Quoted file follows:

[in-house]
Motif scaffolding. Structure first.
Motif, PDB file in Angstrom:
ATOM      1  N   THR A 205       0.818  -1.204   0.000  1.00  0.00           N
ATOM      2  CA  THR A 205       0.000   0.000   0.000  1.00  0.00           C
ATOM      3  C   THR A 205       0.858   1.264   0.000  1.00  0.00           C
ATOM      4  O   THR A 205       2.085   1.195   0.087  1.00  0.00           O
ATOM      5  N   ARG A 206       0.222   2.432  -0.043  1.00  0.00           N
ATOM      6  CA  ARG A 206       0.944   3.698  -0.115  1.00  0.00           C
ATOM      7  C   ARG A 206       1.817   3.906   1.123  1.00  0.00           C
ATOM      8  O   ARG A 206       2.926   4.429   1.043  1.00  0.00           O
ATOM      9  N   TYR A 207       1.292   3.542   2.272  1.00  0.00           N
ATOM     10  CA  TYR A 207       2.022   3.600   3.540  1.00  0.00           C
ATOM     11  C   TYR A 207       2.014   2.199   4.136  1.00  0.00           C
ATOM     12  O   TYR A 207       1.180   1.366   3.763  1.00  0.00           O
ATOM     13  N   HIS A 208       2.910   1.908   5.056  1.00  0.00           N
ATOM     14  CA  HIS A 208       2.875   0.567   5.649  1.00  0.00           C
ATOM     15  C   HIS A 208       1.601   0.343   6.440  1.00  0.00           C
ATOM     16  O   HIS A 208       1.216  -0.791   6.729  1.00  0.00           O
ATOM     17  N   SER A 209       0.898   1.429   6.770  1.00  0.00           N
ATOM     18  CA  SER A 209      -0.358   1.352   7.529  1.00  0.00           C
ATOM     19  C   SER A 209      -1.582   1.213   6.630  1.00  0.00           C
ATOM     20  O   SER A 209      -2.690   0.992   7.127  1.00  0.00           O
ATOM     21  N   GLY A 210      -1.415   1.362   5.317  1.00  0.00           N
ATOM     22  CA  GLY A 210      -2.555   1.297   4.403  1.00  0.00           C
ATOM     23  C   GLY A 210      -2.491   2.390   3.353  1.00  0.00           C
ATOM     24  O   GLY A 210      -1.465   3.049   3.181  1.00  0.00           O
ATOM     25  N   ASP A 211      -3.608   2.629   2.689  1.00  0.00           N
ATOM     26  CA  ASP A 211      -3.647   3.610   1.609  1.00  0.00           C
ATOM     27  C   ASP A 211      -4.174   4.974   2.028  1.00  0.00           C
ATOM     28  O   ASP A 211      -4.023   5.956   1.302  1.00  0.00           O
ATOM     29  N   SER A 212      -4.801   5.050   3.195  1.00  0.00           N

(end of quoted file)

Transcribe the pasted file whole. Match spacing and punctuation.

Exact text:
[in-house]
Motif scaffolding. Structure first.
Motif, PDB file in Angstrom:
ATOM      1  N   THR A 205       0.818  -1.204   0.000  1.00  0.00           N
ATOM      2  CA  THR A 205       0.000   0.000   0.000  1.00  0.00           C
ATOM      3  C   THR A 205       0.858   1.264   0.000  1.00  0.00           C
ATOM      4  O   THR A 205       2.085   1.195   0.087  1.00  0.00           O
ATOM      5  N   ARG A 206       0.222   2.432  -0.043  1.00  0.00           N
ATOM      6  CA  ARG A 206       0.944   3.698  -0.115  1.00  0.00           C
ATOM      7  C   ARG A 206       1.817   3.906   1.123  1.00  0.00           C
ATOM      8  O   ARG A 206       2.926   4.429   1.043  1.00  0.00           O
ATOM      9  N   TYR A 207       1.292   3.542   2.272  1.00  0.00           N
ATOM     10  CA  TYR A 207       2.022   3.600   3.540  1.00  0.00           C
ATOM     11  C   TYR A 207       2.014   2.199   4.136  1.00  0.00           C
ATOM     12  O   TYR A 207       1.180   1.366   3.763  1.00  0.00           O
ATOM     13  N   HIS A 208       2.910   1.908   5.056  1.00  0.00           N
ATOM     14  CA  HIS A 208       2.875   0.567   5.649  1.00  0.00           C
ATOM     15  C   HIS A 208       1.601   0.343   6.440  1.00  0.00           C
ATOM     16  O   HIS A 208       1.216  -0.791   6.729  1.00  0.00           O
ATOM     17  N   SER A 209       0.898   1.429   6.770  1.00  0.00           N
ATOM     18  CA  SER A 209      -0.358   1.352   7.529  1.00  0.00           C
ATOM     19  C   SER A 209      -1.582   1.213   6.630  1.00  0.00           C
ATOM     20  O   SER A 209      -2.690   0.992   7.127  1.00  0.00           O
ATOM     21  N   GLY A 210      -1.415   1.362   5.317  1.00  0.00           N
ATOM     22  CA  GLY A 210      -2.555   1.297   4.403  1.00  0.00           C
ATOM     23  C   GLY A 210      -2.491   2.390   3.353  1.00  0.00           C
ATOM     24  O   GLY A 210      -1.465   3.049   3.181  1.00  0.00           O
ATOM     25  N   ASP A 211      -3.608   2.629   2.689  1.00  0.00           N
ATOM     26  CA  ASP A 211      -3.647   3.610   1.609  1.00  0.00           C
ATOM     27  C   ASP A 211      -4.174   4.974   2.028  1.00  0.00           C
ATOM     28  O   ASP A 211      -4.023   5.956   1.302  1.00  0.00           O
ATOM     29  N   SER A 212      -4.801   5.050   3.195  1.00  0.00           N